Conspiracies Fly At Far-Right Rally Near Heavily Guarded Capitol
MICHEL MARTIN, HOST:
The mob attack on the U.S. Capitol on January 6 continues to have ripple effects throughout the country, and that's where we're going to start today. Remember, back in January, thousands of rioters stormed the Capitol to try to stop lawmakers from certifying the lawful election of Joe Biden as president. And there are still those who refuse to accept the results of the election. Today, there was a rally in Washington, D.C., in support of people being held for their involvement in the January 6 attack. Authorities worried it could turn violent. But as it turns out, the scene today looked very different from the one eight months ago. NPR's Tom Bowman was there, and he's with us now.
Tom, thank you so much for being here.
TOM BOWMAN, BYLINE: Good to be with you, Michel.
MARTIN: So would you just set the scene for us? How was the turnout?
BOWMAN: Well, you know, they expected some 700 people. And I would say no more than 50 or so showed up, you know. They carried American flags and signs saying, Justice for January 6. They wore red, white and blue shirts. And it was almost completely peaceful. We saw only one argument between the competing groups of protesters and counterprotesters. The police weighed in, pulled one of the guys away to cool off, no arrests. And there were actually maybe even more journalists than protesters. Besides local press, there were reporters from all over the world, from Canada, France, Turkey and Belgium. And again, a very, very small turnout at this rally.
MARTIN: Of those few who did turn out, what was their message? What were they saying?
BOWMAN: Well, the overall message was protesting the continued confinement of those arrested during the January 6 insurrection. Now, of course, some 600 were arrested that day. Most have been released or working on plea deals. Now, there are some 78 still being held, and those are charged with more serious crimes of beating up law enforcement or media or have prior criminal records.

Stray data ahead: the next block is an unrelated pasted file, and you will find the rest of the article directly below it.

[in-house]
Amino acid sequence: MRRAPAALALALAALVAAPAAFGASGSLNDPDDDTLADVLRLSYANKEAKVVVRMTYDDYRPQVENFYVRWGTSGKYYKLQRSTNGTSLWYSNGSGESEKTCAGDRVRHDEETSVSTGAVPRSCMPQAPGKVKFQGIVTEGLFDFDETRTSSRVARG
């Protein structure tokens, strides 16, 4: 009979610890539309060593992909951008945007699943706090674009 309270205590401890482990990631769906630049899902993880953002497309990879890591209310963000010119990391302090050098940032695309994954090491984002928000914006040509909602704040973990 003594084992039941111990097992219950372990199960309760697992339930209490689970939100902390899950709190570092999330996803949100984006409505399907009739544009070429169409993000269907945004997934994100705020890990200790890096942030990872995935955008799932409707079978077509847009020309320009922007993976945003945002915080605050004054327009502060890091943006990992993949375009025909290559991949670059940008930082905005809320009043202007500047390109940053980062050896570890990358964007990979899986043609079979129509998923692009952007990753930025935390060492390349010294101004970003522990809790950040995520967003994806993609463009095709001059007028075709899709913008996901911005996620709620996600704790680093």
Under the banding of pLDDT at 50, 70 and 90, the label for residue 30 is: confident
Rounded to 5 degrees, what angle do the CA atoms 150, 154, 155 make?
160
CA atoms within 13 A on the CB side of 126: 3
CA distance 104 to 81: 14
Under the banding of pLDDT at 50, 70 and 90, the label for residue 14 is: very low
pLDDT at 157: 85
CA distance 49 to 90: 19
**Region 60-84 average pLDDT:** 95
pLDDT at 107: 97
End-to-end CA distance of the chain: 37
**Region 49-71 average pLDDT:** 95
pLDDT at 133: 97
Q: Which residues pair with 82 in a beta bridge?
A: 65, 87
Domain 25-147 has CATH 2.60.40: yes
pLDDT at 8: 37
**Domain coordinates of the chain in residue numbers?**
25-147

Now, one woman named Janie (ph) from South Carolina and Phil (ph) from Kentucky - they only allowed first names 'cause, you know, they don't trust the media. And some of the speakers actually said don't talk to the press. Now, both said there are many more people in jail than the government is reporting. And this is something we heard from several people along with the fact that they believe antifa and Black Lives Matter members actually broke into the Capitol posing as Trump supporters. Let's listen.
PHIL: And those weren't Trump supporters.
BOWMAN: Who were they?
PHIL: They were all wearing - I don't know. I didn't ask them their names. But they were blacked out in gear.
JANIE: So they wore black helmets, black clothes, black backpacks. And who started bursting the windows first? There were some Trump supporters trying to fight them off. I'm sure there were Trump supporters who got involved. But initially, what I saw was what looked like either BLM or antifa.
BOWMAN: And, of course, Michel, I was there that day, January 6, for the insurrection. There's no evidence at all that there was any antifa people or Black Lives Matter people in that crowd. I saw them with my own eyes. Those who have been arrested clearly were Trump supporters. There's no evidence of that.
And, Michel, it's also worth mentioning that almost everyone we talked with also did not trust the COVID vaccine, including that woman Janie, who says she's a nurse practitioner and does not want to get the vaccine.
MARTIN: That is NPR's Tom Bowman. Tom, thank you.
BOWMAN: You're welcome, Michel.
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